The manner by which the variable attenuator 28 performs the functions of deriving and supplying the adjusted ultrasonic signal and noise offset signal components is understood by reference to FIG. 2A. The variable attenuator 28 includes a plurality of resistors 30, 32, 34, 36, 38, 40, 42, 44, 46, 48, 50, 52 and 54 connected together in series. The resistor 54 is connected between the terminal 53 and ground, to complete a signal path through the series connected resistors 30 to 54. Terminals 31, 33, 35, 37, 39, 41, 43, 45, 47, 49, 51 and 53 are connected at the junction points between each pair of resistors referenced by even numbers immediately preceding and following the reference number of the terminal. A moveable wiper arm 55 is pivotably connected at a terminal 56 and is selectively positionable to connect the terminal 56 with one of the terminals 31 to 53. The variable attenuator is a form of a potentiometer. The ultrasonic signal 27 is supplied as an AC input signal to the attenuator 28 at terminal 31. A fixed DC voltage is supplied at 58 to the series connected resistors by a Zener diode 60 and a capacitor 62 connected in parallel.
Selective positioning of the wiper arm 55 in contact with one of the terminals determines the amount that both signals 27 and 58 will be attenuated at terminal 56. The amount of attenuation establishes the magnitudes of the adjusted ultrasonic signal and the noise offset signal components of the signal 29. Both of the signals 27 and 58 are attenuated by the same relative amount, since both signals 27 and 58 pass through and are attenuated by the same resistors connected in series. Consequently the same predetermined relative relationship of the magnitudes of these two components is maintained at all positions of the wiper arm 55.
Each position of the wiper arm 55 preferably results in a signal magnitude which is equal to about half of the signal magnitude present at the previous higher, less attenuated position. This establishes an exponential 10 attenuation relationship, which is achieved by the selection of the values of the resistors of the variable attenuator. The exponential attenuation relationship generally creates more sensitivity at greater amounts of attenuation where greater sensitivity is needed to detect low level ultrasonic energy sources. The predetermined amount of anticipated noise compensation achieved is established by selection of the relative ratio of the signals 27 and 58 supplied to the attenuator 28.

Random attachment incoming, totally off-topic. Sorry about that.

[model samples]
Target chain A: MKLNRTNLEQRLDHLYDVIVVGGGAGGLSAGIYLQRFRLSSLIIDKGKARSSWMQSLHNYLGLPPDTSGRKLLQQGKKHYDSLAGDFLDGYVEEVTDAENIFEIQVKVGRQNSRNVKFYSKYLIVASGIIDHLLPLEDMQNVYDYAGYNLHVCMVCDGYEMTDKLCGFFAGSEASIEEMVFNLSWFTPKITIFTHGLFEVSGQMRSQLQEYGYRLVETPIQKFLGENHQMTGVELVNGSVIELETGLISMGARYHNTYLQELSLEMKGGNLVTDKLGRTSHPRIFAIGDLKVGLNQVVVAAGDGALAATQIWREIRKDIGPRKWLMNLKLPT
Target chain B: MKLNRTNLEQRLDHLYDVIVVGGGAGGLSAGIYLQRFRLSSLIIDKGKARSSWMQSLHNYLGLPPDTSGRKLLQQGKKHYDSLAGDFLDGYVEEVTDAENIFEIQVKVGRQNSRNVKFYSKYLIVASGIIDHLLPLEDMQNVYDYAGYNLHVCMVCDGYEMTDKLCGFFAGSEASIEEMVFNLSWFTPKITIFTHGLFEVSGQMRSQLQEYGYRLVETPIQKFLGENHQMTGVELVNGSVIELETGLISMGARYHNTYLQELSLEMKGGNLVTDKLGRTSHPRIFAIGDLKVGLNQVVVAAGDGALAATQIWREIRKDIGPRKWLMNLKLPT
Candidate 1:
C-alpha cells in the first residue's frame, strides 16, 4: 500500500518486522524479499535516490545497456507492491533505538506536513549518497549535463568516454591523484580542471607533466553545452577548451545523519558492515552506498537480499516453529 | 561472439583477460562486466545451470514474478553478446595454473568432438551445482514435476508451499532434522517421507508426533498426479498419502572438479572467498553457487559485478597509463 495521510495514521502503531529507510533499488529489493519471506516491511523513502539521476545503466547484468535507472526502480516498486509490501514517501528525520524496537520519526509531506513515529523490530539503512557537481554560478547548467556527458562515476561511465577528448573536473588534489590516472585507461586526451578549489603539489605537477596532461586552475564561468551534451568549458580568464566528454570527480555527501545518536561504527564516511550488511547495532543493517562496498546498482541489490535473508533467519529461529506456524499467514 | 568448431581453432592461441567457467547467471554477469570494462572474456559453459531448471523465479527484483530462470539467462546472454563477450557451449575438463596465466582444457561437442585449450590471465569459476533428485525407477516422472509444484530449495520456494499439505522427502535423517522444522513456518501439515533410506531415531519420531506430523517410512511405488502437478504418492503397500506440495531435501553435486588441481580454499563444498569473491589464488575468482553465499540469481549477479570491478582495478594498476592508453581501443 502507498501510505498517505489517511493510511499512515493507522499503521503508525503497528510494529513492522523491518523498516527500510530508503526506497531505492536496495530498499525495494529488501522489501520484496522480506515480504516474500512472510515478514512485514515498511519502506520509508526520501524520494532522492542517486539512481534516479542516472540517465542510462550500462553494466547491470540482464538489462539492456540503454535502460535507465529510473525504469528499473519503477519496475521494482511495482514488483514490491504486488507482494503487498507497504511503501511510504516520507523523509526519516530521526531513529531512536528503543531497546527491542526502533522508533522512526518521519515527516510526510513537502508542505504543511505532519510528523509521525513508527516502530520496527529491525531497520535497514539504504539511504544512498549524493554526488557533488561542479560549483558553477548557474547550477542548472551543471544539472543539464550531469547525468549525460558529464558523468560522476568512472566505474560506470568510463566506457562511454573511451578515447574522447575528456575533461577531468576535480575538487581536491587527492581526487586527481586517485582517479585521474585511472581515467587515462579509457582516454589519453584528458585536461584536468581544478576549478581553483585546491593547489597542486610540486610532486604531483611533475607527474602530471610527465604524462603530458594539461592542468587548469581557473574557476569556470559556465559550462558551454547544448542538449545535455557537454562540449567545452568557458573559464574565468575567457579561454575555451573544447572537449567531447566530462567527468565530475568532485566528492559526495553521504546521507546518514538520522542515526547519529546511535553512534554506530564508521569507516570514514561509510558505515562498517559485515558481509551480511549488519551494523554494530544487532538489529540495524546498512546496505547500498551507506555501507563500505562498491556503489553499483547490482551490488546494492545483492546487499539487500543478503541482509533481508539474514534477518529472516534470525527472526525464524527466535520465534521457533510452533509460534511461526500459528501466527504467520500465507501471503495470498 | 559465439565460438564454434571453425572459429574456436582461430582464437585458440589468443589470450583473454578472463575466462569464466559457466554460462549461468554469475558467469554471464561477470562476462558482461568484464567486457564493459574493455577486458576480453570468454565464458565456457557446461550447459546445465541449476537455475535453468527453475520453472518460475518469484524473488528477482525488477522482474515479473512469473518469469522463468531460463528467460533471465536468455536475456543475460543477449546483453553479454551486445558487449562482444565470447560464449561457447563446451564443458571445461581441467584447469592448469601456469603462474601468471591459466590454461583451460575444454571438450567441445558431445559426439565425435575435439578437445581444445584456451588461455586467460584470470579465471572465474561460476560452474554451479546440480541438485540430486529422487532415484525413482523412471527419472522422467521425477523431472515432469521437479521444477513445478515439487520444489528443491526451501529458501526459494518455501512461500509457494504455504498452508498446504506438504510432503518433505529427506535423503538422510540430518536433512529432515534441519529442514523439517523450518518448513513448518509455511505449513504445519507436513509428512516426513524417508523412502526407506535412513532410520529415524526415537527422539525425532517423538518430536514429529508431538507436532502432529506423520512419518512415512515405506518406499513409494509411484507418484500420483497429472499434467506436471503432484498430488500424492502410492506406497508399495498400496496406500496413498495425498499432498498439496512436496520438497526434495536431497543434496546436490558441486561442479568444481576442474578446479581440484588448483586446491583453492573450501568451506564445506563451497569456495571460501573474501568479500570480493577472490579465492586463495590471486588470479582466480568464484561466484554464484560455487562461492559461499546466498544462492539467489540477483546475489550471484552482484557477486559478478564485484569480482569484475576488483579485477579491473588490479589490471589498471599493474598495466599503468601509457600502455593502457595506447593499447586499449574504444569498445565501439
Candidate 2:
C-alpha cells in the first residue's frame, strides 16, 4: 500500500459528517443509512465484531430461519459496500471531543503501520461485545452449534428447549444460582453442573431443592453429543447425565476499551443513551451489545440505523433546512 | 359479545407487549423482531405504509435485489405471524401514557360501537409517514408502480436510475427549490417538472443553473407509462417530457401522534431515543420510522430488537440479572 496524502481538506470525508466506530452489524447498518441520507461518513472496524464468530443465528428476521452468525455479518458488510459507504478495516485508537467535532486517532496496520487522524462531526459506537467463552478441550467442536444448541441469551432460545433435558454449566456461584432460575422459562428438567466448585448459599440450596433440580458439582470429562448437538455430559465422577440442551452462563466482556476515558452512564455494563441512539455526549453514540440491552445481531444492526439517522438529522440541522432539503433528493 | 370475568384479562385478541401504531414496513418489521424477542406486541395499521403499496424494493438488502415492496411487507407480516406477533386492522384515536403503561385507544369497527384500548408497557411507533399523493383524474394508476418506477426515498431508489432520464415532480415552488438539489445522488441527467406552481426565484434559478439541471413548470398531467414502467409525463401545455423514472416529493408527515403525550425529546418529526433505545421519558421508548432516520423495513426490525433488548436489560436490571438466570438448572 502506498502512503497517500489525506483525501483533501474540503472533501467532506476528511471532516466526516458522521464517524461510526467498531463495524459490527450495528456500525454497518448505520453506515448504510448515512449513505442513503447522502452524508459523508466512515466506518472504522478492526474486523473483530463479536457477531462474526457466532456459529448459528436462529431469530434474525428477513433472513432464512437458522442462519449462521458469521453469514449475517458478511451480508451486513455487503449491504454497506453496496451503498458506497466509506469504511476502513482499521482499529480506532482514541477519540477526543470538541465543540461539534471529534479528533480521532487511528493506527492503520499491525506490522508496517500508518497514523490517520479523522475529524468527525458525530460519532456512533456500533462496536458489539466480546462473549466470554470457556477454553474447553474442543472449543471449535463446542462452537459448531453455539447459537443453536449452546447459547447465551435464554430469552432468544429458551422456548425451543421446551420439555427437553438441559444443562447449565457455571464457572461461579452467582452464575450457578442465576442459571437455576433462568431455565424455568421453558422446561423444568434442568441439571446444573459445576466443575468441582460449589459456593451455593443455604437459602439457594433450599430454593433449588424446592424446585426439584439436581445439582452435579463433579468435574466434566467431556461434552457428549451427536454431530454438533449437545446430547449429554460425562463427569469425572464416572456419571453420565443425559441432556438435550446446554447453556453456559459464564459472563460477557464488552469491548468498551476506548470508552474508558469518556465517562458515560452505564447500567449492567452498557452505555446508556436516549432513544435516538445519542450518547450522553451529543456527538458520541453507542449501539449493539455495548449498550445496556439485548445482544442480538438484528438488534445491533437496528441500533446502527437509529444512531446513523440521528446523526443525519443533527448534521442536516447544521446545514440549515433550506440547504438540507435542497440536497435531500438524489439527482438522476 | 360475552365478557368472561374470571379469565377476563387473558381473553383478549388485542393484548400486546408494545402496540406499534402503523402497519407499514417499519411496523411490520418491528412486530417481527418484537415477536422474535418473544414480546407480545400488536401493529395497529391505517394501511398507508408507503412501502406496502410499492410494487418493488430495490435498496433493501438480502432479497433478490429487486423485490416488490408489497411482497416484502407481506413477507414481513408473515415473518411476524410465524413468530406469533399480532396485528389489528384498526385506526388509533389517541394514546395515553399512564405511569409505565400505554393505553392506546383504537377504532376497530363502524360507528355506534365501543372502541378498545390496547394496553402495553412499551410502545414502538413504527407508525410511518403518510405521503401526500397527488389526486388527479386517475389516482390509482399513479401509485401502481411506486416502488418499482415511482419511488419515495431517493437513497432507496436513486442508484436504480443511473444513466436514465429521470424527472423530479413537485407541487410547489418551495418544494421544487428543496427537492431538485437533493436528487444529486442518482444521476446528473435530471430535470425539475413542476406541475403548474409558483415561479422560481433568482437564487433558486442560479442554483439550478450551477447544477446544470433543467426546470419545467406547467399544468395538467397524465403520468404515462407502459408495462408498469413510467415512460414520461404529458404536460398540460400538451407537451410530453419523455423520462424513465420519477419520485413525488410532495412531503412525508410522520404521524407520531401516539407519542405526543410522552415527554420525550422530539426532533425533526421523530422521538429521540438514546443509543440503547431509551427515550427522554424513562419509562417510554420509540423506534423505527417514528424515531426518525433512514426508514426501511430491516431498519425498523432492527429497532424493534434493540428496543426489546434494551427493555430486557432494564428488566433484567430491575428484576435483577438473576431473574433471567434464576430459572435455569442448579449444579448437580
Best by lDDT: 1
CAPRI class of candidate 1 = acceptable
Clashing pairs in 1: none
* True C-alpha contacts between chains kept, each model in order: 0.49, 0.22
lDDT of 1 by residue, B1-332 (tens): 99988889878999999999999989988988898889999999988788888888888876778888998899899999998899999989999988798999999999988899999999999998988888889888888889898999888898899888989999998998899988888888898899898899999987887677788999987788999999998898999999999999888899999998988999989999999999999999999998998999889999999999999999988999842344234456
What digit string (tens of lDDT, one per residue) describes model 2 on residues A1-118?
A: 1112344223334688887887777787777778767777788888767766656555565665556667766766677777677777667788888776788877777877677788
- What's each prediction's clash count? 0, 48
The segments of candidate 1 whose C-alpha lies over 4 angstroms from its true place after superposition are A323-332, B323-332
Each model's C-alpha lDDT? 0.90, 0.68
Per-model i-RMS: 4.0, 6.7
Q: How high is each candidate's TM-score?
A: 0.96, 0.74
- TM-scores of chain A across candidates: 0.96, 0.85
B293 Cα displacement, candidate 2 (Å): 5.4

A blocking capacitor 64 and the blocking capacitor 26 prevent the DC noise offset signal component at 29 from coupling to the components 24 and 68 of the detector 10, as is shown in FIG. 1. However, the DC noise offset signal component at 29 is supplied to a conventional DC follower operational amplifier 66 which supplies an offset signal at 67 (FIG. 3C). The offset signal 67 is a DC signal of a magnitude essentially the same as or directly related to the noise offset signal component at 29. Consequently the offset signal 67 also represents the contribution of anticipated background noise to the adjusted ultrasonic signal component at 29.
The adjusted ultrasonic signal component of the signal 29 is passed through the blocking capacitor 64 and is applied to an amplifier 68, where the adjusted ultrasonic signal component is amplified and supplied to two series-connected conventional high pass filters 70 and 72 which further remove any sub-ultrasonic components which may have been introduced. The high pass filters 70 and 72, in combination with the high pass filter 24, create a very steep roll-off of the frequency component of the ultrasonic signal at approximately the 20 kHz level to prevent any audio range signals from being passed through the detector 10. Another conventional amplifier 74 achieves further amplification and supplies an amplified and filtered ultrasonic detected signal at 75 which has the characteristics exemplified by FIG. 3A.
The amplified and filtered detected ultrasonic signal 75 is applied to a peak detector 76, as is shown in FIGS. 1 and 2B. The peak detector 76 is one example of means for creating and supplying an envelope signal 77 (FIG. 3B) which has a magnitude that generally follows the peaks or maximum values of each cycle of the amplified and filtered ultrasonic detected signal 75 (FIG. 3A). The envelope signal 77 (FIG. 3B) therefore represents the amplitude or magnitude of the detected ultrasonic energy including the contribution from anticipated background noise. As is shown in FIG. 2B, the peak detector 76 is a conventional circuit, using transistors 78 and 79 to establish a voltage level on a capacitor 80 which is the integration of the peak values of the cycles of the signal 75. The signal on the capacitor 80 is applied to a buffer operational amplifier 82, which creates the envelope signal 77 as a buffered version of the signal appearing across the capacitor 80.